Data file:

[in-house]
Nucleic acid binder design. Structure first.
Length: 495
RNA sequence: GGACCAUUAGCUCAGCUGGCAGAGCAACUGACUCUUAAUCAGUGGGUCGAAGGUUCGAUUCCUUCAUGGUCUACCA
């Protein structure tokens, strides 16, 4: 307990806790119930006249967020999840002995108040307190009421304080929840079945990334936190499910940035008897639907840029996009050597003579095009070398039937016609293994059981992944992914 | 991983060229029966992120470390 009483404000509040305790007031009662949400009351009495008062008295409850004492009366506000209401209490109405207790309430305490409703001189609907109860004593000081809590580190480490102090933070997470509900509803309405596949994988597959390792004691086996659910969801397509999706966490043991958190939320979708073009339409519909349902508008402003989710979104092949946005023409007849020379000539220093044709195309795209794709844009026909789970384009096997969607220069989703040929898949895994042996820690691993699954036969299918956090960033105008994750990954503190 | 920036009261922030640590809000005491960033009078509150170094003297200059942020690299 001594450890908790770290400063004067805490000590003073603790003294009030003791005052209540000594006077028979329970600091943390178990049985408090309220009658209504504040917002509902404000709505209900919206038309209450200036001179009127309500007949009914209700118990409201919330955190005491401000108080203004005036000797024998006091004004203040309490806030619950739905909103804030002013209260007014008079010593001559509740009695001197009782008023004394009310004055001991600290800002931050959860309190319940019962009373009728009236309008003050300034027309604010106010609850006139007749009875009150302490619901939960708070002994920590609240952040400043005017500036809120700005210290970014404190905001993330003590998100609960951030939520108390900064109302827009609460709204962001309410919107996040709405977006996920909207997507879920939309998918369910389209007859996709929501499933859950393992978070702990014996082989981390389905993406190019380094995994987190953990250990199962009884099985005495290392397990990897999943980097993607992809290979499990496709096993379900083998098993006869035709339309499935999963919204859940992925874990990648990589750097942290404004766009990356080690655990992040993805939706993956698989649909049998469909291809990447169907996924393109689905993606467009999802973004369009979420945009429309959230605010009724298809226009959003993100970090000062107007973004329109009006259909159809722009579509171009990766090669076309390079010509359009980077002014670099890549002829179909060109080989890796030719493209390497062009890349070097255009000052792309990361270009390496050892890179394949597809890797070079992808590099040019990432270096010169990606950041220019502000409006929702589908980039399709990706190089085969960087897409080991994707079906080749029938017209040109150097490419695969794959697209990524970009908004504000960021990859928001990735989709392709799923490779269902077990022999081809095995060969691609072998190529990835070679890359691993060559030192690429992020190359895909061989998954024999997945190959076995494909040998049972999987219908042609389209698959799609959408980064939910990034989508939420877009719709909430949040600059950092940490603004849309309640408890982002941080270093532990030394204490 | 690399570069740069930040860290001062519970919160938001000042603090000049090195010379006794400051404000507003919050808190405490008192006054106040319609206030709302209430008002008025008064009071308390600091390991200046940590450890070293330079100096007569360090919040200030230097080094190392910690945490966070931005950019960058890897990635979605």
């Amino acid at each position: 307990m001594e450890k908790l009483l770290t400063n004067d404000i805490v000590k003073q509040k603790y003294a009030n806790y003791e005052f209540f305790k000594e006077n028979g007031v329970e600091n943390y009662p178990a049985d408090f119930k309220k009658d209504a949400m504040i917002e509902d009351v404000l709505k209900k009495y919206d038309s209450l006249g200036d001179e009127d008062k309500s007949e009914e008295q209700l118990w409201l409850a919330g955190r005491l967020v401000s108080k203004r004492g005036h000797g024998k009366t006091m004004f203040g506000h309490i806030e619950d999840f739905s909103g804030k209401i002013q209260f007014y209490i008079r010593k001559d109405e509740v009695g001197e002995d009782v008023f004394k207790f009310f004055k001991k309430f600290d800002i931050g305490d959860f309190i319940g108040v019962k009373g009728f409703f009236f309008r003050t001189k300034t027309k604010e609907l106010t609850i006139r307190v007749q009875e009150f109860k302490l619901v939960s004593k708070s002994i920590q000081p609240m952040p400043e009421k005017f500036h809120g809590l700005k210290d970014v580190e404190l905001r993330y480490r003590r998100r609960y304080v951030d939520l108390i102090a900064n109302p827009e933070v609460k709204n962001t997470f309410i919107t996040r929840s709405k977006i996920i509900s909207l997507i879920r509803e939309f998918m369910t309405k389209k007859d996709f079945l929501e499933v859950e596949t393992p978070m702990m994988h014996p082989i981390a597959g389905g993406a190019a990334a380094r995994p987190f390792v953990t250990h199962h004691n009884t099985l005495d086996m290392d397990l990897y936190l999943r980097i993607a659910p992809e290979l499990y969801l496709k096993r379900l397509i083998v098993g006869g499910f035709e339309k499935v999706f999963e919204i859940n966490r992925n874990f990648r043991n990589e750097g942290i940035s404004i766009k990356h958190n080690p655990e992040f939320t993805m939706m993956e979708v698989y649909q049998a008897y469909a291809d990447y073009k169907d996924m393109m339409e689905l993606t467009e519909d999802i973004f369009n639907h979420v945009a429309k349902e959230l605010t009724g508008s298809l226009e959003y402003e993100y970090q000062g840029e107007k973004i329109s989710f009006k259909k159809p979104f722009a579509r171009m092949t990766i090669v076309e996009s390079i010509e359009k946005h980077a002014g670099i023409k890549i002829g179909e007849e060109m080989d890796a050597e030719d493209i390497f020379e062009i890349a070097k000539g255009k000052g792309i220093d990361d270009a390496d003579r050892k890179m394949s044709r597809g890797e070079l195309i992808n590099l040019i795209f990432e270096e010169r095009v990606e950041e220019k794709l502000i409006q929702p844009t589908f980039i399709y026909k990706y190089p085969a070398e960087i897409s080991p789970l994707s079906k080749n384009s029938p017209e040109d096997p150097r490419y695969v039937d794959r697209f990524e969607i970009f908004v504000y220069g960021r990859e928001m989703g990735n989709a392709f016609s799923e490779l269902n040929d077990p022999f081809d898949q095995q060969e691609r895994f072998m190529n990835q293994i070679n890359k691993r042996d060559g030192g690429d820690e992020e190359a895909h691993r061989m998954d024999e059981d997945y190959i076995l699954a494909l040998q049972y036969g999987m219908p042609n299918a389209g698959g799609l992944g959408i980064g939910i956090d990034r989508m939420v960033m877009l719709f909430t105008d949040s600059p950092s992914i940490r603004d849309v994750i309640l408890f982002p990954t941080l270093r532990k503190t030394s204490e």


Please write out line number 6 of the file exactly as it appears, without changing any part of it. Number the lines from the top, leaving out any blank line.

């Amino acid at each position: 307990m001594e450890k908790l009483l770290t400063n004067d404000i805490v000590k003073q509040k603790y003294a009030n806790y003791e005052f209540f305790k000594e006077n028979g007031v329970e600091n943390y009662p178990a049985d408090f119930k309220k009658d209504a949400m504040i917002e509902d009351v404000l709505k209900k009495y919206d038309s209450l006249g200036d001179e009127d008062k309500s007949e009914e008295q209700l118990w409201l409850a919330g955190r005491l967020v401000s108080k203004r004492g005036h000797g024998k009366t006091m004004f203040g506000h309490i806030e619950d999840f739905s909103g804030k209401i002013q209260f007014y209490i008079r010593k001559d109405e509740v009695g001197e002995d009782v008023f004394k207790f009310f004055k001991k309430f600290d800002i931050g305490d959860f309190i319940g108040v019962k009373g009728f409703f009236f309008r003050t001189k300034t027309k604010e609907l106010t609850i006139r307190v007749q009875e009150f109860k302490l619901v939960s004593k708070s002994i920590q000081p609240m952040p400043e009421k005017f500036h809120g809590l700005k210290d970014v580190e404190l905001r993330y480490r003590r998100r609960y304080v951030d939520l108390i102090a900064n109302p827009e933070v609460k709204n962001t997470f309410i919107t996040r929840s709405k977006i996920i509900s909207l997507i879920r509803e939309f998918m369910t309405k389209k007859d996709f079945l929501e499933v859950e596949t393992p978070m702990m994988h014996p082989i981390a597959g389905g993406a190019a990334a380094r995994p987190f390792v953990t250990h199962h004691n009884t099985l005495d086996m290392d397990l990897y936190l999943r980097i993607a659910p992809e290979l499990y969801l496709k096993r379900l397509i083998v098993g006869g499910f035709e339309k499935v999706f999963e919204i859940n966490r992925n874990f990648r043991n990589e750097g942290i940035s404004i766009k990356h958190n080690p655990e992040f939320t993805m939706m993956e979708v698989y649909q049998a008897y469909a291809d990447y073009k169907d996924m393109m339409e689905l993606t467009e519909d999802i973004f369009n639907h979420v945009a429309k349902e959230l605010t009724g508008s298809l226009e959003y402003e993100y970090q000062g840029e107007k973004i329109s989710f009006k259909k159809p979104f722009a579509r171009m092949t990766i090669v076309e996009s390079i010509e359009k946005h980077a002014g670099i023409k890549i002829g179909e007849e060109m080989d890796a050597e030719d493209i390497f020379e062009i890349a070097k000539g255009k000052g792309i220093d990361d270009a390496d003579r050892k890179m394949s044709r597809g890797e070079l195309i992808n590099l040019i795209f990432e270096e010169r095009v990606e950041e220019k794709l502000i409006q929702p844009t589908f980039i399709y026909k990706y190089p085969a070398e960087i897409s080991p789970l994707s079906k080749n384009s029938p017209e040109d096997p150097r490419y695969v039937d794959r697209f990524e969607i970009f908004v504000y220069g960021r990859e928001m989703g990735n989709a392709f016609s799923e490779l269902n040929d077990p022999f081809d898949q095995q060969e691609r895994f072998m190529n990835q293994i070679n890359k691993r042996d060559g030192g690429d820690e992020e190359a895909h691993r061989m998954d024999e059981d997945y190959i076995l699954a494909l040998q049972y036969g999987m219908p042609n299918a389209g698959g799609l992944g959408i980064g939910i956090d990034r989508m939420v960033m877009l719709f909430t105008d949040s600059p950092s992914i940490r603004d849309v994750i309640l408890f982002p990954t941080l270093r532990k503190t030394s204490e």